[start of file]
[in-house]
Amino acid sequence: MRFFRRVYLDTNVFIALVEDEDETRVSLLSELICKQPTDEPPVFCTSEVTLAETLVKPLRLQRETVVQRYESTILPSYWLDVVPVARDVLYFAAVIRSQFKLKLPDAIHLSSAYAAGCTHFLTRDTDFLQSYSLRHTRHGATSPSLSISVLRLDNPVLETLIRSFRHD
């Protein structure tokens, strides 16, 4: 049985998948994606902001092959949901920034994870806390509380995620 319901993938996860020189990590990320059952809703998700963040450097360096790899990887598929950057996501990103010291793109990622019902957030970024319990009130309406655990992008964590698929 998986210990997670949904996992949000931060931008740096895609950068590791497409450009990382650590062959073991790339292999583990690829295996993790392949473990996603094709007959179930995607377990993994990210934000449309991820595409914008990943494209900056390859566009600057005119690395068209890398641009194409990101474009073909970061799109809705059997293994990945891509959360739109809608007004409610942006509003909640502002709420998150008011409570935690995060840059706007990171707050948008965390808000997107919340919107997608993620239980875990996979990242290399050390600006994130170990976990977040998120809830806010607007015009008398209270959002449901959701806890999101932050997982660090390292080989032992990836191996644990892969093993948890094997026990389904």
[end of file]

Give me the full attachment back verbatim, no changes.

[in-house]
Amino acid sequence: MRFFRRVYLDTNVFIALVEDEDETRVSLLSELICKQPTDEPPVFCTSEVTLAETLVKPLRLQRETVVQRYESTILPSYWLDVVPVARDVLYFAAVIRSQFKLKLPDAIHLSSAYAAGCTHFLTRDTDFLQSYSLRHTRHGATSPSLSISVLRLDNPVLETLIRSFRHD
């Protein structure tokens, strides 16, 4: 049985998948994606902001092959949901920034994870806390509380995620 319901993938996860020189990590990320059952809703998700963040450097360096790899990887598929950057996501990103010291793109990622019902957030970024319990009130309406655990992008964590698929 998986210990997670949904996992949000931060931008740096895609950068590791497409450009990382650590062959073991790339292999583990690829295996993790392949473990996603094709007959179930995607377990993994990210934000449309991820595409914008990943494209900056390859566009600057005119690395068209890398641009194409990101474009073909970061799109809705059997293994990945891509959360739109809608007004409610942006509003909640502002709420998150008011409570935690995060840059706007990171707050948008965390808000997107919340919107997608993620239980875990996979990242290399050390600006994130170990976990977040998120809830806010607007015009008398209270959002449901959701806890999101932050997982660090390292080989032992990836191996644990892969093993948890094997026990389904």